IKE Configuration Choices
The /etc/inet/ike/config configuration file contains IKE policy entries. For two IKE daemons to
authenticate each other, the entries must be valid. Also, keying material must be
available. The entries in the configuration file determine the method for using the
keying material to authenticate the Phase 1 exchange. The choices are preshared keys
or public key certificates.
The entry auth_method preshared indicates that preshared keys are used. Values for auth_method other
than preshared indicate that public key certificates are to be used. Public
key certificates can be self-signed, or the certificates can be installed from a PKI
organization. For more information, see the ike.config(4) man page.
IKE With Preshared Keys
Preshared keys are created by an administrator on one system. The keys are
then shared out of band with administrators of remote systems. You should take
care to create large random keys and to protect the file and the
out-of-band transmission. The keys are placed in the /etc/inet/secret/ike.preshared file on each
system. The ike.preshared file is for IKE as the ipseckeys file is for
IPsec. Any compromise of the keys in the ike.preshared file compromises all
keys that are derived from the keys in the file.
One system's preshared key must be identical to its remote system's key. The
keys are tied to a particular IP address. Keys are most secure
when one administrator controls the communicating systems. For more information, see the ike.preshared(4) man
IKE With Public Key Certificates
Public key certificates eliminate the need for communicating systems to share secret keying
material out of band. Public keys use the Diffie-Hellman protocol (DH) for authenticating and
negotiating keys. Public key certificates come in two flavors. The certificates can be
self-signed, or the certificates can be certified by a certificate authority (CA).
Self-signed public key certificates are created by you, the administrator. The ikecert certlocal -ks command
creates the private part of the public-private key pair for the system. You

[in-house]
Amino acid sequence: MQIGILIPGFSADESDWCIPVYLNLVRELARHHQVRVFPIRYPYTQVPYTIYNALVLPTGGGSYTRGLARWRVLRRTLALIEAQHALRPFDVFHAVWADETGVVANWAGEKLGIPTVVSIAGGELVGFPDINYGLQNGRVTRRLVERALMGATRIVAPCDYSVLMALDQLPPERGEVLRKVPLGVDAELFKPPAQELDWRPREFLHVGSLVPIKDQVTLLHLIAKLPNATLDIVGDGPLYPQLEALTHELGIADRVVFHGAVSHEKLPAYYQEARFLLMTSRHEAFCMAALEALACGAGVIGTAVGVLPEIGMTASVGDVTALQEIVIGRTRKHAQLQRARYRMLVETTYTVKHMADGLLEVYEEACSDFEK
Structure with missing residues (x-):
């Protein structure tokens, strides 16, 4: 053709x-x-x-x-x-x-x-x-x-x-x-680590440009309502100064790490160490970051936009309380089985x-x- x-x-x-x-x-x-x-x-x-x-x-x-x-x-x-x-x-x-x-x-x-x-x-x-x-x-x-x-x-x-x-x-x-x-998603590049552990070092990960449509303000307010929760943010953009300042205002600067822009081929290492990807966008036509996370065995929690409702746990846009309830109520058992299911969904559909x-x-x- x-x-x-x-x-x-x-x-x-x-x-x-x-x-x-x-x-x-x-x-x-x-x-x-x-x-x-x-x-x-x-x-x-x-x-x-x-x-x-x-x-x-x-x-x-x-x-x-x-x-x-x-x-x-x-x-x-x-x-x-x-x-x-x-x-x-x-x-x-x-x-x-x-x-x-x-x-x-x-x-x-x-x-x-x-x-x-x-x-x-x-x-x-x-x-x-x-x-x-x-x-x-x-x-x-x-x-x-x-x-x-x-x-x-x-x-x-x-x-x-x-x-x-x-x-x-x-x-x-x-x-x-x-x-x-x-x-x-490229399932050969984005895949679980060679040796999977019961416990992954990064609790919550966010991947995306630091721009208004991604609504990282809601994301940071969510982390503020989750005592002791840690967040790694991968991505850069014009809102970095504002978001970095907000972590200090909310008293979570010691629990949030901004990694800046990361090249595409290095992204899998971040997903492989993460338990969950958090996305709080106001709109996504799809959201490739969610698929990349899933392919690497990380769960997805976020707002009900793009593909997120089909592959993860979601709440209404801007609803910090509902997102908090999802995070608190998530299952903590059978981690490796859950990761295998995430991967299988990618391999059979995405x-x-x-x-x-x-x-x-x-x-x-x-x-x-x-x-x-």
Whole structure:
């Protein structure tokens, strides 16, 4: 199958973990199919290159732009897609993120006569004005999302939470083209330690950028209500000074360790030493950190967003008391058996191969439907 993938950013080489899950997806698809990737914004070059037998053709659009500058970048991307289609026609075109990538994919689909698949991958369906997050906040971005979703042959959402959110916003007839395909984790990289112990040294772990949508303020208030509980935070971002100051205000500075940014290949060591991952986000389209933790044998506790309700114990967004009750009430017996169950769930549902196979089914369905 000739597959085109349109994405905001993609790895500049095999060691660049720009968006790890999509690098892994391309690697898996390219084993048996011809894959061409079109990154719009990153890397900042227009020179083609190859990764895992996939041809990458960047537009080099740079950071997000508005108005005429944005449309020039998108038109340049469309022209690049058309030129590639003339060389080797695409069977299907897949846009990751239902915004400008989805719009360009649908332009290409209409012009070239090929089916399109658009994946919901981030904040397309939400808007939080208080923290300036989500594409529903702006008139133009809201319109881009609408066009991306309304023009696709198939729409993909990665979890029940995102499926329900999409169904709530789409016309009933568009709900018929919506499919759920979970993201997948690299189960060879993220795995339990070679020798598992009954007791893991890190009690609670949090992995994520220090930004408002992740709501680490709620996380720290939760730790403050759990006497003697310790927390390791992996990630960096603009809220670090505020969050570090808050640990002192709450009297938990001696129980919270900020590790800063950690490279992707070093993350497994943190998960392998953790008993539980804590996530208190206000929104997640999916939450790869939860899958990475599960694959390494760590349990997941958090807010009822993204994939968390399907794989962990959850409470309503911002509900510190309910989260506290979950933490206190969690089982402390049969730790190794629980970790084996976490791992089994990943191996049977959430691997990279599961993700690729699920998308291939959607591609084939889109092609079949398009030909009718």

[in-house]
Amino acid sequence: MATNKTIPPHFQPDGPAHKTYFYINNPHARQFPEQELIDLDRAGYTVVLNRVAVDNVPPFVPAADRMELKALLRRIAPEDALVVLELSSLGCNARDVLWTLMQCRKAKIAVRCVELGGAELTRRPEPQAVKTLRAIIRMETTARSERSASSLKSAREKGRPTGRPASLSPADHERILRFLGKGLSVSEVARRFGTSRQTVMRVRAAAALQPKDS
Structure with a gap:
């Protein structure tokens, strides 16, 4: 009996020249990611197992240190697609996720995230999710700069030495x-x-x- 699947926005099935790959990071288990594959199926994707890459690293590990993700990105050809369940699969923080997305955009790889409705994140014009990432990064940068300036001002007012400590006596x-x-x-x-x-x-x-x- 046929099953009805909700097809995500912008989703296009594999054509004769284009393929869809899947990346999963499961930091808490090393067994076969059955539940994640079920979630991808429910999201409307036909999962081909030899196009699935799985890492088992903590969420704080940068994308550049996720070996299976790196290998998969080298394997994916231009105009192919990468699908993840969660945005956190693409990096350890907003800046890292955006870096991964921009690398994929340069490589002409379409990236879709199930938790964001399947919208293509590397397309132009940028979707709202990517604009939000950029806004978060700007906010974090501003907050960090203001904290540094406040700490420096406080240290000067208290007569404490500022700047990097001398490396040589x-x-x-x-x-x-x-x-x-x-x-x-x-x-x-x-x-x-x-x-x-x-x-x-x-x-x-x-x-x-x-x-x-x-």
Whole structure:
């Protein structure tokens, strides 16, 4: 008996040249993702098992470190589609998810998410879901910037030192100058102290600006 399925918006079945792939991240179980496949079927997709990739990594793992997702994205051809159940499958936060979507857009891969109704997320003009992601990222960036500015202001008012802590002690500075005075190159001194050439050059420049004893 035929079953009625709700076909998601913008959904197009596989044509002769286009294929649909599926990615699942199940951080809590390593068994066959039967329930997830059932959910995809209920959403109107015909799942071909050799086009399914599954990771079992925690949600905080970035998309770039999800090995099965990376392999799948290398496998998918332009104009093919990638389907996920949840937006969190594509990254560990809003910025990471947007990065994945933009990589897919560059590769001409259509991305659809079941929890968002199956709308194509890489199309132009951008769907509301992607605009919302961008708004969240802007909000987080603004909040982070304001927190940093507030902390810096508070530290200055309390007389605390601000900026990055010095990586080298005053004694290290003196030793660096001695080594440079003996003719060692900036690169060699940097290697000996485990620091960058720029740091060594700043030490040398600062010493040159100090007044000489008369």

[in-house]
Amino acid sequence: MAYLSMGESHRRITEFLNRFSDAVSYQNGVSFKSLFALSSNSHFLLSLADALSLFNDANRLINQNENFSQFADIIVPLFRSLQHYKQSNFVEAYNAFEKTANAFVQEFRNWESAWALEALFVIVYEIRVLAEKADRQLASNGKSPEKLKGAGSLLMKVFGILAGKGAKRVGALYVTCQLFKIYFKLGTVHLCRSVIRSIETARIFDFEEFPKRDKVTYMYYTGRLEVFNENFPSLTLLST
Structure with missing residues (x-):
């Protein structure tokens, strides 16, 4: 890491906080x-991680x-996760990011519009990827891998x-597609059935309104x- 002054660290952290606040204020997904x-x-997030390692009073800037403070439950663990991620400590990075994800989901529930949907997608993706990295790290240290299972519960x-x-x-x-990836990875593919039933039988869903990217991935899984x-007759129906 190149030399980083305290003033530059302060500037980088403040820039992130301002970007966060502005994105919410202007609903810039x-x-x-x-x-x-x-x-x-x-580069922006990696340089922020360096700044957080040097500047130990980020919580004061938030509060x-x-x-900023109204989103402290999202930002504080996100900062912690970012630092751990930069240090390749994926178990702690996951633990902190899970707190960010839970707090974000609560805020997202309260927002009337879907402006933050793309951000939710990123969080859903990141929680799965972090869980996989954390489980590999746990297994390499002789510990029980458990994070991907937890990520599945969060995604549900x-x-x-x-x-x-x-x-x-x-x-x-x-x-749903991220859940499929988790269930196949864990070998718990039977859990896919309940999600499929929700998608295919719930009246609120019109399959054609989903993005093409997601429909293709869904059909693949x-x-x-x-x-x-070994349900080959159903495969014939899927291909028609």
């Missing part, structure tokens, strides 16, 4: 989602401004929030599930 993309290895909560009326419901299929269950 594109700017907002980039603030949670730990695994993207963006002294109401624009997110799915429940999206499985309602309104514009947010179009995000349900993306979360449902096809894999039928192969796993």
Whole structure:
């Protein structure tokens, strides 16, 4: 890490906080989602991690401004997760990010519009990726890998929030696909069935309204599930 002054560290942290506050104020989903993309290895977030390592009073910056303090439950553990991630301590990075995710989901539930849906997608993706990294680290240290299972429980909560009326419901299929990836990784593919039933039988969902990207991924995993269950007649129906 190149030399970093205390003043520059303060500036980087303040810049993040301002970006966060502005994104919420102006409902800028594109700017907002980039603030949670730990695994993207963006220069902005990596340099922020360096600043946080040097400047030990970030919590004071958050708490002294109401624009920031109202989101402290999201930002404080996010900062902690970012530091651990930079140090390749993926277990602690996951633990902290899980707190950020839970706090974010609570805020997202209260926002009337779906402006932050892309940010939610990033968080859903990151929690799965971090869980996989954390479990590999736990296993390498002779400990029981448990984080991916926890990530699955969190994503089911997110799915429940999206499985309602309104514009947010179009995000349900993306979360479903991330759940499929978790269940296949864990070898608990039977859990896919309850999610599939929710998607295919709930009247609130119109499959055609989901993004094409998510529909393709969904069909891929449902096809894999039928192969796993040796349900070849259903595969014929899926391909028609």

then get the self-signed certificate output in X.509 format from the remote system.
The remote system's certificate is input to the ikecert certdb command for the public part
of the key pair. The self-signed certificates reside in the /etc/inet/ike/publickeys directory
on the communicating systems. When you use the -T option, the certificates reside on
Self-signed certificates are a halfway point between preshared keys and CAs. Unlike preshared
keys, a self-signed certificate can be used on a mobile machine or on
a system that might be renumbered. To self-sign a certificate for a system
without a fixed number, use a DNS (www.example.org) or email ([email protected]) alternative
Public keys can be delivered by a PKI or a CA organization.
You install the public keys and their accompanying CAs in the /etc/inet/ike/publickeys directory.
When you use the -T option, the certificates reside on attached hardware. Vendors
also issue certificate revocation lists (CRLs). Along with installing the keys and CAs,
you are responsible for installing the CRL in the /etc/inet/ike/crls directory.
CAs have the advantage of being certified by an outside organization, rather than
by the site administrator. In a sense, CAs are notarized certificates. As with
self-signed certificates, CAs can be used on a mobile machine or on a
system that might be renumbered. Unlike self-signed certificates, CAs can very easily scale
to protect a large number of communicating systems.